Siddique: Absolutely. That’s a great question. One of the core elements of Ramadan is the time you spend with your family. Granted on weekdays it’s tough, people have school, people have work, it’s considered a blessing, but on weekends that’s where you will have big family get-togethers. It’s essentially a big dinner party. Because when you have big family get-togethers during the month, food is invariably going to be involved. Whenever you’re talking about a lot of immigrants and groups that come to this country, there are two big elements: family and food.

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Caitlin: You mentioned earlier that you’re waiting until fairly late to be able to start eating and then you need to be up fairly early to get that meal in before the day begins?

Siddique: I don’t blame anyone for thinking that’s a really long time, it is, but here I am talking to you from my air-conditioned office. I’m not working construction and I’m not outdoors in the Middle East. I’m in a lap of luxury right now so really the fast in and of itself is not difficult.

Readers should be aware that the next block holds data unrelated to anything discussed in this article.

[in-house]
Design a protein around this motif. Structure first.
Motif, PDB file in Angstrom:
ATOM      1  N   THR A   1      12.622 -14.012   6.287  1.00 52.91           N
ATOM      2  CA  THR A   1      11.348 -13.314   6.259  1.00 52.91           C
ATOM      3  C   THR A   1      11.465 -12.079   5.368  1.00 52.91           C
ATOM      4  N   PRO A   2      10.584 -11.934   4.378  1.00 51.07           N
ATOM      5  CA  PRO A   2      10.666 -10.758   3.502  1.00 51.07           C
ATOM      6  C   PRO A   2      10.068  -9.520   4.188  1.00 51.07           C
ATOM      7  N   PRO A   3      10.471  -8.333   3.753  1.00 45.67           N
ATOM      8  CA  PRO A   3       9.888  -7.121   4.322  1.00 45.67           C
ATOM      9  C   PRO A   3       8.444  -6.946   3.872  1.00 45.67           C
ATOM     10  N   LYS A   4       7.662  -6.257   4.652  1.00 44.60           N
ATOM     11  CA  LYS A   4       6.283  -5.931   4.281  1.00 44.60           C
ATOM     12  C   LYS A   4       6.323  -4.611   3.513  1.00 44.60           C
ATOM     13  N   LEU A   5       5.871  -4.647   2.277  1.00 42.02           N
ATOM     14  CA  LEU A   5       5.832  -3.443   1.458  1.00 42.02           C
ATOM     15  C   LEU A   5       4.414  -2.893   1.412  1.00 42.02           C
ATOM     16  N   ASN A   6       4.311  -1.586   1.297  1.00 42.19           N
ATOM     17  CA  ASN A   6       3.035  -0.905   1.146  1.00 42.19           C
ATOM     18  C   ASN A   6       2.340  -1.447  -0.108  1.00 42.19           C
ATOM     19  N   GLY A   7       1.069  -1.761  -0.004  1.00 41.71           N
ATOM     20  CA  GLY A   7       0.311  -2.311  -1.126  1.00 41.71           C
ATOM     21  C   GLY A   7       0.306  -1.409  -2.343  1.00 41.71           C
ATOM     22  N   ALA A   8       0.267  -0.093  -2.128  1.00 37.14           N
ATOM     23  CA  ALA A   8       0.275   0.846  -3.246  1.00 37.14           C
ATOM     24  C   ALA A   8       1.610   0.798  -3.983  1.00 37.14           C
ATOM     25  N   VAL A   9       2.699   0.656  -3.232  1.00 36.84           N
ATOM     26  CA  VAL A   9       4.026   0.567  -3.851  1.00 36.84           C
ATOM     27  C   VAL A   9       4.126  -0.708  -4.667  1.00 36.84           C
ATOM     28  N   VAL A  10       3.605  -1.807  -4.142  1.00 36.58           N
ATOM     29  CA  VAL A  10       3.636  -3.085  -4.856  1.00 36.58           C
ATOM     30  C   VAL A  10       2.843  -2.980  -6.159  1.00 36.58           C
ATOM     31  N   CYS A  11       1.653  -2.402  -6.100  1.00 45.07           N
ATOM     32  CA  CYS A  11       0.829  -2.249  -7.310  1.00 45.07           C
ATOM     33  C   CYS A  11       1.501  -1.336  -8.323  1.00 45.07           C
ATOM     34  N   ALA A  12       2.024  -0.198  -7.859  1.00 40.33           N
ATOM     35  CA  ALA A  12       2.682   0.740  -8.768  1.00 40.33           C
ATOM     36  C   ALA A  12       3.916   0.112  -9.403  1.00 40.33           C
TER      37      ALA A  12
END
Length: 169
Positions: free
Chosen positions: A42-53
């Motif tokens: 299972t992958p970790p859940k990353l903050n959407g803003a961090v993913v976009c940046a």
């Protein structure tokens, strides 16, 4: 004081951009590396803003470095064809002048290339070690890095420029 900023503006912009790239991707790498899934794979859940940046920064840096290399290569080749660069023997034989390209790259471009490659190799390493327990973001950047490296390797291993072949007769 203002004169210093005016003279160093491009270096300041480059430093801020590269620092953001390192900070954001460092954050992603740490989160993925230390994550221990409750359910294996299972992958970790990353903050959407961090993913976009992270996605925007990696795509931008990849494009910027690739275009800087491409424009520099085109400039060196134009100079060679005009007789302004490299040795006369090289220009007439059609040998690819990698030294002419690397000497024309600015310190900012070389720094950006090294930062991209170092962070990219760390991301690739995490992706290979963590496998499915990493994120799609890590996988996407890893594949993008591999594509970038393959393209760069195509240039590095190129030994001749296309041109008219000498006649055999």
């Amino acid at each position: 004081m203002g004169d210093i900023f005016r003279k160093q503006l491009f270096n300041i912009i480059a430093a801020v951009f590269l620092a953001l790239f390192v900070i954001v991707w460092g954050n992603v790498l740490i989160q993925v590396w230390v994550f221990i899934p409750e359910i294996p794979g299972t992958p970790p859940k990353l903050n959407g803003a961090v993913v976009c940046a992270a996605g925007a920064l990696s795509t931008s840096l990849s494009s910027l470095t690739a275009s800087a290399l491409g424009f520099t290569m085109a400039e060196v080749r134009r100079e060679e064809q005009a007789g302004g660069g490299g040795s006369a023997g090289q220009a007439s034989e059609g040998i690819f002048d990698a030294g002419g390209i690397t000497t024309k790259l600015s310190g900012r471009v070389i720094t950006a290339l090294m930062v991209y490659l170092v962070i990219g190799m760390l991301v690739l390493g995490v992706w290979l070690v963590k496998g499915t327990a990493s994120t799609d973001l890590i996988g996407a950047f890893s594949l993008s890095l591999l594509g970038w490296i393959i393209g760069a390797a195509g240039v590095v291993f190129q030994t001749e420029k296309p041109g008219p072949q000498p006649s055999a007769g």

It’s more difficult in the beginning because for me and other people, I’m used to having 2-3 cups of coffee a day, that’s an adjustment that takes a couple of days that that overdose of coffee is not coming in the morning, and it’s not coming in the afternoon either.

I get more thirsty than hungry during the course of the day.

Just to give you an example, during the course of annoucing a game on TV or in public, I normally have a full bottle of water by my side to keep sipping on. I don’t have that luxury during Ramadan, so if it starts at 7 o’clock, I’m not breaking my fast until three quarters of the way through the game. So that’s one thing I tend to fail at a little bit more as far as fasting and how it may impact my day.

But other that personally, the day is long, but I’m in no duress or discomfort during the day. But for others, working in a factory or doing manual labour, something where you require water, I imagine it to be more difficult.

Caitlin: At what age do people start fasting for Ramadan?

Siddique: That’s a great question. Personally, I started aged 12, but it really varies. I’ve seen kids who started aged 9 and kids who don’t start until high school or towards the end of high school. If I had to give a solid age-range I would say most kids start between the ages of 10 and 12.

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Caitlin: Is it a family decision, not like a hard-fast guideline?

Siddique: Yes, usually the family dictate that kind of thing. They can ask the kid if they’re ready or they feel up to it, but generally they will have their own timeline; there is no hard-fast timeline, not to my knowledge at least.

Caitlin: Is there ever an exception for people who are ill or pregnant or that sort of thing?